After the excitement of the proposal dies down, it is time to start with the wedding planning! Planning your wedding can go down two paths- one of fear, uncertainty and anxiety or one of laughter, (happy) tears and bonding time with those closest to you. To make the experience enjoyable it is best to have a solid game plan that is clear and easy for everyone to follow. So I suggest the very first step of planning any wedding, is to sit down with the people contributing to openly discuss what the budget will be set at.
Typically the bride and groom will make plans with each set of parents, separately, to discuss this delicate issue. No one is obligated to contribute anything and it is best to be humbled and thankful for what ever amount they are able to provide. Also, maybe your parents aren’t able to contribute but your grandparents, godparents or other people close to you want to contribute. Meet with each group separately to keep the pressure down.
Who pays for what?
One way to sort out “who pays for what” is to create a list of vendors that will be needed- such as venue, photographer, dj, event planner- and have the people contributing choose how they would like to contribute. Maybe father and son share a passion for music, so the groom’s parents will pitch in for the entertainment. Or perhaps the bride and groom will pay for the venue and the parents are splitting the remaining vendors between themselves. Traditionally the bride’s parents paid for the wedding and the groom’s got the rehearsal dinner. Now, everyone is pitching in to make one great party that brings two families together.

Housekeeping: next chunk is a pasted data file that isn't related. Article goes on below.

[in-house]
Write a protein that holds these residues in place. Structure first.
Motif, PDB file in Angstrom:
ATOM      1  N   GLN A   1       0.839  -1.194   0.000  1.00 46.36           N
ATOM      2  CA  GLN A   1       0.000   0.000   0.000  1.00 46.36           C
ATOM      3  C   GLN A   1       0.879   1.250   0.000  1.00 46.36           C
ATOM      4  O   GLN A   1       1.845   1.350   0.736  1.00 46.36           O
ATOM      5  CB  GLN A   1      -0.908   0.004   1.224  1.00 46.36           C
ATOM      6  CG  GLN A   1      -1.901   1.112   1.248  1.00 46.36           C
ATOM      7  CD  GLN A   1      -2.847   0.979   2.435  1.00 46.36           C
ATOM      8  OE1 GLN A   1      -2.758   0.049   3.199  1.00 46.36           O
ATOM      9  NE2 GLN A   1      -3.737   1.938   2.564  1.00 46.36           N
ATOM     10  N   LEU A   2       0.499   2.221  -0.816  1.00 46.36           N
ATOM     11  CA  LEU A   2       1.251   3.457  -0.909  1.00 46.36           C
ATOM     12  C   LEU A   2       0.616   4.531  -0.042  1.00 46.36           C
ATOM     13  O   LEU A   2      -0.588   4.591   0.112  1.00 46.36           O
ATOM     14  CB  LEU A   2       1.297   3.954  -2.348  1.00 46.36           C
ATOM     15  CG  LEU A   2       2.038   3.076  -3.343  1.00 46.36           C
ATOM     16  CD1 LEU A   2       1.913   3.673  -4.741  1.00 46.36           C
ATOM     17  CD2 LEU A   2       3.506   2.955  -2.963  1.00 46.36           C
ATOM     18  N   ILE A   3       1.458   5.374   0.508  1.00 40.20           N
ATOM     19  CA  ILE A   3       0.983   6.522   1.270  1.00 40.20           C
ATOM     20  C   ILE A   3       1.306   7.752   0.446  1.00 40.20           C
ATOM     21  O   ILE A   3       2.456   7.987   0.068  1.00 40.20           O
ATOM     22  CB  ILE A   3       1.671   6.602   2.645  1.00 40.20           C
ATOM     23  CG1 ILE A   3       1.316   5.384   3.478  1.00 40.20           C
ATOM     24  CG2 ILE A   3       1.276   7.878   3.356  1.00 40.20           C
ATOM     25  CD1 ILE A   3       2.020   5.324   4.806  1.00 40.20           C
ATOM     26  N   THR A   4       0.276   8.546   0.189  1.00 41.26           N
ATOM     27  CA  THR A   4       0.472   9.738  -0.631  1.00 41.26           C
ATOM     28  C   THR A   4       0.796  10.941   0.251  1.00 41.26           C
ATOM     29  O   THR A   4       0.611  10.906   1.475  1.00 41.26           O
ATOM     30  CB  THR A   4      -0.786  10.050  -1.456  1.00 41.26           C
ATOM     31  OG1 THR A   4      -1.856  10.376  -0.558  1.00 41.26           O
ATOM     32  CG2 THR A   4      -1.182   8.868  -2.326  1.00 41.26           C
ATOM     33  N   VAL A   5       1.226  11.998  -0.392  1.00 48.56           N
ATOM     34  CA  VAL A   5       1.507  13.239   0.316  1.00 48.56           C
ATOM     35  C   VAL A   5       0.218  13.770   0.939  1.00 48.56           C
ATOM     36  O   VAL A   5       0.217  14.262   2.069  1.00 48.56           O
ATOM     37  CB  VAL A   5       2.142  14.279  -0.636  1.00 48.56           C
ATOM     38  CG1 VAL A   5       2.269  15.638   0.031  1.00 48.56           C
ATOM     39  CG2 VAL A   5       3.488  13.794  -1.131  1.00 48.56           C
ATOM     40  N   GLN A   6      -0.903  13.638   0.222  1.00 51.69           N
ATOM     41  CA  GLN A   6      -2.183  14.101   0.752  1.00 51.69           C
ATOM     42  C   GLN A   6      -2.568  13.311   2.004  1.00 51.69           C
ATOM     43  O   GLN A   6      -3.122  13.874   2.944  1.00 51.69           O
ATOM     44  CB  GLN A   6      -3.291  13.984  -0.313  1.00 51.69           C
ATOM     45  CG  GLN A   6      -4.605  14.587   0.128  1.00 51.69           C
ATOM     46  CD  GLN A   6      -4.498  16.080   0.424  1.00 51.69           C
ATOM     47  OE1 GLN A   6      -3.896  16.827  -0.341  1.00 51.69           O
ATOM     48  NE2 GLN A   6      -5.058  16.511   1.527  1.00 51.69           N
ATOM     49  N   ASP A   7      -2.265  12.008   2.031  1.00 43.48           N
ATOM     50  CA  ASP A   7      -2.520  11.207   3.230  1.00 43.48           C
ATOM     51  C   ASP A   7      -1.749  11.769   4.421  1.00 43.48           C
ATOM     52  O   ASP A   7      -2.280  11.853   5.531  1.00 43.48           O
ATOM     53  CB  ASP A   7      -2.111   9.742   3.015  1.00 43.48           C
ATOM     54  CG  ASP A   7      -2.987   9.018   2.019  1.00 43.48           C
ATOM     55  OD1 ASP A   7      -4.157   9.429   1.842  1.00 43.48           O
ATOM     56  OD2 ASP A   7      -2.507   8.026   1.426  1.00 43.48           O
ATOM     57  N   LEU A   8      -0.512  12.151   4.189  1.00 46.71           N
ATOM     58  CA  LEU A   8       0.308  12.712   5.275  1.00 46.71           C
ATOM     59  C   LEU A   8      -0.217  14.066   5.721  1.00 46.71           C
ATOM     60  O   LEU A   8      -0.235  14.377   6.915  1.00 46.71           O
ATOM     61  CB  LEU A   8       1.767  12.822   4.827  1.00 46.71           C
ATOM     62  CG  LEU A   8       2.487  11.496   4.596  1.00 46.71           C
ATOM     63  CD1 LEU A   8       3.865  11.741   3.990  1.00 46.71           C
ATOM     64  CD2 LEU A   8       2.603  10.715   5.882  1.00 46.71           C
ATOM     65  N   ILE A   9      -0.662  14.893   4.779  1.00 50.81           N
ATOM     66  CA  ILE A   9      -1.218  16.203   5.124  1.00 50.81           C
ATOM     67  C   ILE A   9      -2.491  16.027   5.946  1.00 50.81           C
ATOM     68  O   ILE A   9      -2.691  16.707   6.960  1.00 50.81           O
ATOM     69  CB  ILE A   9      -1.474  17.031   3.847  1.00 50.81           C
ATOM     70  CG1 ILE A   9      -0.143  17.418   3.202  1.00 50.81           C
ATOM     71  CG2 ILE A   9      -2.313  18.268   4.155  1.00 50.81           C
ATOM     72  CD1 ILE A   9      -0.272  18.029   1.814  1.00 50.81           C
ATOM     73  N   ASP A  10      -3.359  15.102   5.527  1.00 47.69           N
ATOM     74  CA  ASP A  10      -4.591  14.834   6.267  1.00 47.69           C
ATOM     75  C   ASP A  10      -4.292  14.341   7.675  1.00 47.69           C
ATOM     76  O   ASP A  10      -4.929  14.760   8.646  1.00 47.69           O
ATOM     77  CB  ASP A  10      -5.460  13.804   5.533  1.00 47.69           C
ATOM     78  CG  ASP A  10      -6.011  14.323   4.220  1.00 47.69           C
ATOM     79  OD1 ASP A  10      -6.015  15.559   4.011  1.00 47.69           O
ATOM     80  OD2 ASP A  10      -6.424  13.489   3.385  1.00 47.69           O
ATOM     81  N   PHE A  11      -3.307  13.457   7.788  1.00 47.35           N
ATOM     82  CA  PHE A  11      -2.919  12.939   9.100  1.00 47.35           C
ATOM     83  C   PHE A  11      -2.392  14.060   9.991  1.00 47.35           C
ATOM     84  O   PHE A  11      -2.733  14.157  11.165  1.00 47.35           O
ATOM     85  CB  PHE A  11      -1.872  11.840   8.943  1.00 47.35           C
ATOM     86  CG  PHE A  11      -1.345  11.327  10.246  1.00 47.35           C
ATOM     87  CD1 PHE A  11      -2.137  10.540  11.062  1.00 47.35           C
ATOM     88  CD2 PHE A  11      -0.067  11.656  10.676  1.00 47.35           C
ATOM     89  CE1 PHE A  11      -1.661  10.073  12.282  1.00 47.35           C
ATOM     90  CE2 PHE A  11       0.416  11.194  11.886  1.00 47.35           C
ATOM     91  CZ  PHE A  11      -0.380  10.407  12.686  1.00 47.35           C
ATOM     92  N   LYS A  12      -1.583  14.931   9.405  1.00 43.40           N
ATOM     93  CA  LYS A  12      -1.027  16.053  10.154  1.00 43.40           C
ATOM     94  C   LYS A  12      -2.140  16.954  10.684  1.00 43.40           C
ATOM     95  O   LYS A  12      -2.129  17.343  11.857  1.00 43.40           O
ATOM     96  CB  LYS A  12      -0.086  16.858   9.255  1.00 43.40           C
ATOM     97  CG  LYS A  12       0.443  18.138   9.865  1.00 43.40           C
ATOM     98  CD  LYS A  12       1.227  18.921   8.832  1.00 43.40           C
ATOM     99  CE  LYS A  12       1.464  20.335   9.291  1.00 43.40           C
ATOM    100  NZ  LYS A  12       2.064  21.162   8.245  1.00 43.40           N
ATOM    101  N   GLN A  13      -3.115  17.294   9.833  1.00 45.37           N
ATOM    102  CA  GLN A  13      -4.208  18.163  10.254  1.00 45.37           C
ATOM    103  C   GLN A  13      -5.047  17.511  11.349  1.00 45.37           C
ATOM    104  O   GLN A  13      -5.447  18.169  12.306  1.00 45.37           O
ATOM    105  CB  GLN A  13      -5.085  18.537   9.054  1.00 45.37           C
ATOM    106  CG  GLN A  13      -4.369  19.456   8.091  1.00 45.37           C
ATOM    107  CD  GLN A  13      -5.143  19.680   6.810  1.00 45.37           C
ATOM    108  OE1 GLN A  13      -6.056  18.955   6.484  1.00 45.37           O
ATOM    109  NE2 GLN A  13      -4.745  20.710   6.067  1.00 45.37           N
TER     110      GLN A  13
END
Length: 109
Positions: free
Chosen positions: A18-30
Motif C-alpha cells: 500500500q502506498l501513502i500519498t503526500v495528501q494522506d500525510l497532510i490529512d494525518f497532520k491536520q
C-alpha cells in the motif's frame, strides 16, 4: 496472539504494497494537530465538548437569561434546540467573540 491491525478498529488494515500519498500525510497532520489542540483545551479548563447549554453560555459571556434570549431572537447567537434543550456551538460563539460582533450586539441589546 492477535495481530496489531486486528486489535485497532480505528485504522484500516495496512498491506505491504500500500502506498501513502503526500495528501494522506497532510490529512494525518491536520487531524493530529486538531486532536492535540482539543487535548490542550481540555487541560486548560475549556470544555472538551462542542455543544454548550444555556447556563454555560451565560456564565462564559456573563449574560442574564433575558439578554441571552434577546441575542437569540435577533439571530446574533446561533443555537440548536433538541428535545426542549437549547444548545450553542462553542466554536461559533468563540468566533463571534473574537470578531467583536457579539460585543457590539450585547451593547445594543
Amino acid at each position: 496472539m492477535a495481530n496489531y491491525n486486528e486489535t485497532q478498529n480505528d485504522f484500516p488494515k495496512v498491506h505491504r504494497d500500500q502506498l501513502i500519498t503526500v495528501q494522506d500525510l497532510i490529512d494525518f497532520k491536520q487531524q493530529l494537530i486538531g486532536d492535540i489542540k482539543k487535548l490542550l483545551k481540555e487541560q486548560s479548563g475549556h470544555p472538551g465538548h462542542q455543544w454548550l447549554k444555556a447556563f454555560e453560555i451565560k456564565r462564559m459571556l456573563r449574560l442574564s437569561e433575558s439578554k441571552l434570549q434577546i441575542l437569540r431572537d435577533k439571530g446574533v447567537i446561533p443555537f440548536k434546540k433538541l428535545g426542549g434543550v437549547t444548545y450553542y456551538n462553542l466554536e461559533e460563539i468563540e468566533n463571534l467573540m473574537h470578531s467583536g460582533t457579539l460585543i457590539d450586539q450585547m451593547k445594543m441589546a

The other, and probably more traditional way, to budget for the wedding is to be given a set amount of money and then the bride and groom can determine how it is allocated.
First draft of the Budget
I have a list of the percentage that should be put towards each section of the budget for a typical. I have never had it work out exactly like this but it is a handy tool to get a starting point. I ask the client to figure out the total budget amount and fill in their amounts based on the corresponding percentage.
Food, drinks, Reception Fees – 42%
Photography – 8%
Wedding Rings – 7%
Flowers – 6%
Wedding Coordinator – 6%
Dress – 5%
Rehearsal Dinner – 5%
Videography – 5%
Reception Entertainment – 4%
Hair and Makeup – 2%
Invitations and Announcements -2%
Church/ Chapel fee – 2%
Wedding Cake – 2%
Transportation – 2%
Favors – 1%
Groom’s wear – 1%
So a person with a $50,000 budget would have something like this:
Food, drinks, Reception Fees – 42% – $21,000
Photography – 8% – $4,000
Wedding Rings – 7% – $3,500
Flowers – 6% – $3,000
Wedding Coordinator/ designer 6% – $3,000
Rehearsal Dinner – 5% – $2,500
Dress – 5% – $2,500
Videography – 5% – $2,500
Reception Entertainment – 4% – $2,000
Hair and Makeup – 2% – $1,000
Invitations and Announcements -2% – $1,000
Church/ Chapel fee – 2% – $1,000
Wedding Cake – 2% – $1,000
Transportation – 2% – $1,000
Favors – 1% – $500
Groom’s wear – 1% – $500
It isn’t going to be exactly what you feel is most important on your wedding day but it helps to provide a reasonable base to begin working off. So congrats, you have your first draft completed!
Choose your top 3
After the budget is all worked out and you have an idea of what you should be spending on each vendor. It is time for the bride and groom to choose their top 3 must haves. They each can decide what the most important vendors are to them and then share their lists to see if there are any that match up. If you do have any that match up then those will be put to the top of the list. So once you decide what the most important vendors are you can begin shifting the percentages to what works best for you.
If you have a photography crush that is really pricey and don’t care about video, then just combine the two percentages to stay in budget. Or if you have a great classic car that your uncle will drive during the getaway then just scratch transportation all together.